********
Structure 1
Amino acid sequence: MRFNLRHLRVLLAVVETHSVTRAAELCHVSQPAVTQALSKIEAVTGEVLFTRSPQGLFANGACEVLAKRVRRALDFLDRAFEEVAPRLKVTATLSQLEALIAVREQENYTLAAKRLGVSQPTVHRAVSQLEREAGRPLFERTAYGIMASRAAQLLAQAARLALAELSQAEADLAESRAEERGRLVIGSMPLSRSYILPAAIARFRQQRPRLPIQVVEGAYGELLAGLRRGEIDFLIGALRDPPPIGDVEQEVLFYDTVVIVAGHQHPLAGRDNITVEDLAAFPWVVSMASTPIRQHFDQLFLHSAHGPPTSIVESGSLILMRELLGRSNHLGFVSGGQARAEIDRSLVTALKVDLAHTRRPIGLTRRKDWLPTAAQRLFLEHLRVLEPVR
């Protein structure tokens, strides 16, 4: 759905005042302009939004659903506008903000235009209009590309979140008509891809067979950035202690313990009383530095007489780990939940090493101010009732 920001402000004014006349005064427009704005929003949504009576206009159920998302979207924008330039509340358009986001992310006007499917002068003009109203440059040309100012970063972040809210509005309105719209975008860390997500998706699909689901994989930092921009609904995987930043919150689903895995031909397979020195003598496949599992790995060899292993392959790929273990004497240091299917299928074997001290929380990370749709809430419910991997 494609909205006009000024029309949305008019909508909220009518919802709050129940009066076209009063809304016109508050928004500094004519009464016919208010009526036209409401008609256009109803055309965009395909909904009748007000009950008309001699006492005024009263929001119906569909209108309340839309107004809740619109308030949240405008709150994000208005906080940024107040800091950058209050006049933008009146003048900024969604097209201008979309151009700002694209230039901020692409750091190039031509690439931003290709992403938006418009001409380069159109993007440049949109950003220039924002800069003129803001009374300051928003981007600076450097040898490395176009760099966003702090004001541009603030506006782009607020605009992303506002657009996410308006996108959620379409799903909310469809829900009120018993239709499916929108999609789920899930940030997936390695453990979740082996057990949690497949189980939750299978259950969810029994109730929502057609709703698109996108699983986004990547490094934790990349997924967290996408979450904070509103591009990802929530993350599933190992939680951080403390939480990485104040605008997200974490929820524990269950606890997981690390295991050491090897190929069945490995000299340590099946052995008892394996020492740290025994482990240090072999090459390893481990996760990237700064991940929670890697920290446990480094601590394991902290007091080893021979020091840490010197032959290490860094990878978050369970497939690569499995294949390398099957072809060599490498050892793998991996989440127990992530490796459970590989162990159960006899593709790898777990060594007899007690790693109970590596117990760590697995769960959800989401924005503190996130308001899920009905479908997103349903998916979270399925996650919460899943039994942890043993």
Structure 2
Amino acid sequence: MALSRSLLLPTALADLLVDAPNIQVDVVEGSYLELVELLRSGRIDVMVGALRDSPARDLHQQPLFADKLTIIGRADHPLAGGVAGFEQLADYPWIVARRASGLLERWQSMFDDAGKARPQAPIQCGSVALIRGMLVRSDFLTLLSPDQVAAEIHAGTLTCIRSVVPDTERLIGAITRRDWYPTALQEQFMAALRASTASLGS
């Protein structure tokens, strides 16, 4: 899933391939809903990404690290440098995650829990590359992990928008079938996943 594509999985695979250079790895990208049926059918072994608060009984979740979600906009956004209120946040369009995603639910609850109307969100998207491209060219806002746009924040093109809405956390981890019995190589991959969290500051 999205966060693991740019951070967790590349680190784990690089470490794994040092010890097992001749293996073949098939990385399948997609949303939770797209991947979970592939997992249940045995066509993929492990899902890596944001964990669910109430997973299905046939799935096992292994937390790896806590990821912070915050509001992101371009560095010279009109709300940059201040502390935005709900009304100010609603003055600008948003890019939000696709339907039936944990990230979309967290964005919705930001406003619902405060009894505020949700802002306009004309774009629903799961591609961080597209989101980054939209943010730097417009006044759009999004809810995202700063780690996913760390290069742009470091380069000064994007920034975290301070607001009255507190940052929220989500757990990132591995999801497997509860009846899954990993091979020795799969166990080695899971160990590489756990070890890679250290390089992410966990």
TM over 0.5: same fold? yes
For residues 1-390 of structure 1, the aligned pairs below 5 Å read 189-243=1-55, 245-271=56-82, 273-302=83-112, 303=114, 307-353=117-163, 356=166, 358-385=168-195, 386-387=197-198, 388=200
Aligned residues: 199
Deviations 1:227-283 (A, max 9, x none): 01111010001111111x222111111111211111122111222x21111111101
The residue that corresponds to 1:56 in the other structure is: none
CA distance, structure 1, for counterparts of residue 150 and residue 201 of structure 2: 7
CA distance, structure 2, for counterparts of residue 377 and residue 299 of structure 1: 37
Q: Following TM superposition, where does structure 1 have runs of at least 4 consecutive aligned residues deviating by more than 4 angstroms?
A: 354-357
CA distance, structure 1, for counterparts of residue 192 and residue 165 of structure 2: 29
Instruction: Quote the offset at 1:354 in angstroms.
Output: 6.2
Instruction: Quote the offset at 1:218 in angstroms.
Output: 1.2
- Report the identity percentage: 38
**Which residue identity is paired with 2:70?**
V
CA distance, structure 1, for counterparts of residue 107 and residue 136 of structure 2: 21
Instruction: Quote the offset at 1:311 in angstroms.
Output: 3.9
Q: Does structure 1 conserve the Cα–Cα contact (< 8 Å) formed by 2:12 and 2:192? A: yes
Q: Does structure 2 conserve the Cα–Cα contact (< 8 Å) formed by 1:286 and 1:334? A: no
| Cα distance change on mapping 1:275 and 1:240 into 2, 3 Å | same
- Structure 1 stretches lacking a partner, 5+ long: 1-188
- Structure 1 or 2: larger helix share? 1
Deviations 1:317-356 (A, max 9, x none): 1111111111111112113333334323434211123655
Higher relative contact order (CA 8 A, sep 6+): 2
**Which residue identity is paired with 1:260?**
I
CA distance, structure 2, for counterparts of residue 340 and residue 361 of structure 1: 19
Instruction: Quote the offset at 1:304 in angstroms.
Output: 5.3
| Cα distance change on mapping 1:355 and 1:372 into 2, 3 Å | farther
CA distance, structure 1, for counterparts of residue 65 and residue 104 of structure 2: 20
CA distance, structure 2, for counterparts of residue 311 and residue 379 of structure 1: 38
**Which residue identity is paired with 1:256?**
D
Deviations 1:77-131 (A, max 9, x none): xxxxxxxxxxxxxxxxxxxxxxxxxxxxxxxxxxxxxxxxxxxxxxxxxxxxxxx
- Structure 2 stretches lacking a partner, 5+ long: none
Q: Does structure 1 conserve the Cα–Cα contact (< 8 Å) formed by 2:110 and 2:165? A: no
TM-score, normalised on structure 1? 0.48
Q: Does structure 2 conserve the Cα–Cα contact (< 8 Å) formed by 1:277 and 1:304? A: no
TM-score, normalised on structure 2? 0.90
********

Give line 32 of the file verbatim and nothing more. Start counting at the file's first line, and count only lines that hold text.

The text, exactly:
Deviations 1:317-356 (A, max 9, x none): 1111111111111112113333334323434211123655